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Does tort reform affect insurance rates? II



More data piles in refuting the bald claims of ATLA and "consumer" advocates that medical malpractice reform is somehow an insurance company conspiracy that doesn't reduce rates. (See Mar. 22 and Jul. 29, 2003). In an actuarial study using the National Practitioner Data Bank, we find, among other interesting things, that (1) dollars paid in malpractice claims went up 80% between 1992 and 2001, even though the number of claims only went up less than 20% in the same period; and (2) malpractice premiums are higher in states without noneconomic damages caps compared to those in states with noneconomic damages caps. (Richard S. Blondi and Arthur Gurevitch, "Noneconomic Damage Caps Help Reduce Malpractice Insurance Premiums", Contingencies, Nov.-Dec. 2003). Contingencies is the journal of the American Academy of Actuaries.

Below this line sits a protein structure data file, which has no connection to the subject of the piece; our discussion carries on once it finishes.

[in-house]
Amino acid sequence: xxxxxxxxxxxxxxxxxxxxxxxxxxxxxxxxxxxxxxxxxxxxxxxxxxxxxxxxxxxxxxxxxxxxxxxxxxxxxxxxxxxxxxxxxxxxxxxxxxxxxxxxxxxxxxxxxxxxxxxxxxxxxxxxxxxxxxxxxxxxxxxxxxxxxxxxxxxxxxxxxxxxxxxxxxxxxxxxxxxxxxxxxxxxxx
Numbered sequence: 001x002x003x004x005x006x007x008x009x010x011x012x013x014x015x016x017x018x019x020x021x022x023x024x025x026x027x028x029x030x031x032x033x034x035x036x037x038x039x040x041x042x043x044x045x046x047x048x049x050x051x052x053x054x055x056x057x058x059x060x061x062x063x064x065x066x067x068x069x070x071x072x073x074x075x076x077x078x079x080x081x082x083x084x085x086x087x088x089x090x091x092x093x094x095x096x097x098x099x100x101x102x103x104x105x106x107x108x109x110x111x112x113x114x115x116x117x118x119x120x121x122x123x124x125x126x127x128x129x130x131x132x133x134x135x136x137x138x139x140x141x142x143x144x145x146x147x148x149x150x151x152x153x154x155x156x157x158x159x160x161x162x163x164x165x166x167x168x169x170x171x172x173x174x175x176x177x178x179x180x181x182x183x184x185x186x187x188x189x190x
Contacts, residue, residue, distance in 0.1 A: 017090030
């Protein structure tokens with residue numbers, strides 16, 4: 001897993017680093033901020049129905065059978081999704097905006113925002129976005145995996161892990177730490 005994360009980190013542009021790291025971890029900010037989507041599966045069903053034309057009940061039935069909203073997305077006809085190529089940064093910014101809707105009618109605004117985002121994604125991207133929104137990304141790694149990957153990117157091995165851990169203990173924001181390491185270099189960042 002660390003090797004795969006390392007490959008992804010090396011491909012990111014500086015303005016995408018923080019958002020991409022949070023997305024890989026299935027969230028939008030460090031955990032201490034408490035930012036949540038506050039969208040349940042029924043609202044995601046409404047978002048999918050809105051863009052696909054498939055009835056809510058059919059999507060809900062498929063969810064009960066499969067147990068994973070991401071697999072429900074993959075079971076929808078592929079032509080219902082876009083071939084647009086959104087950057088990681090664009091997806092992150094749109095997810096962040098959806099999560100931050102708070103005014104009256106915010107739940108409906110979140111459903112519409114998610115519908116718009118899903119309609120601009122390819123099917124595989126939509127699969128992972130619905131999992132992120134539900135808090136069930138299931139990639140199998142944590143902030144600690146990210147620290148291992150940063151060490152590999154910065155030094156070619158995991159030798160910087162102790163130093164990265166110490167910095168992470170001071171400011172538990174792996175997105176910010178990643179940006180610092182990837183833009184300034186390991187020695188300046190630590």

[cross-posted from Overlawyered, where it ran Mar. 24, 2004]

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Isaac Gorodetski
Project Manager,
Center for Legal Policy at the
Manhattan Institute
igorodetski@manhattan-institute.org

Katherine Lazarski
Press Officer,
Manhattan Institute
klazarski@manhattan-institute.org

 

Published by the Manhattan Institute

The Manhattan Insitute's Center for Legal Policy.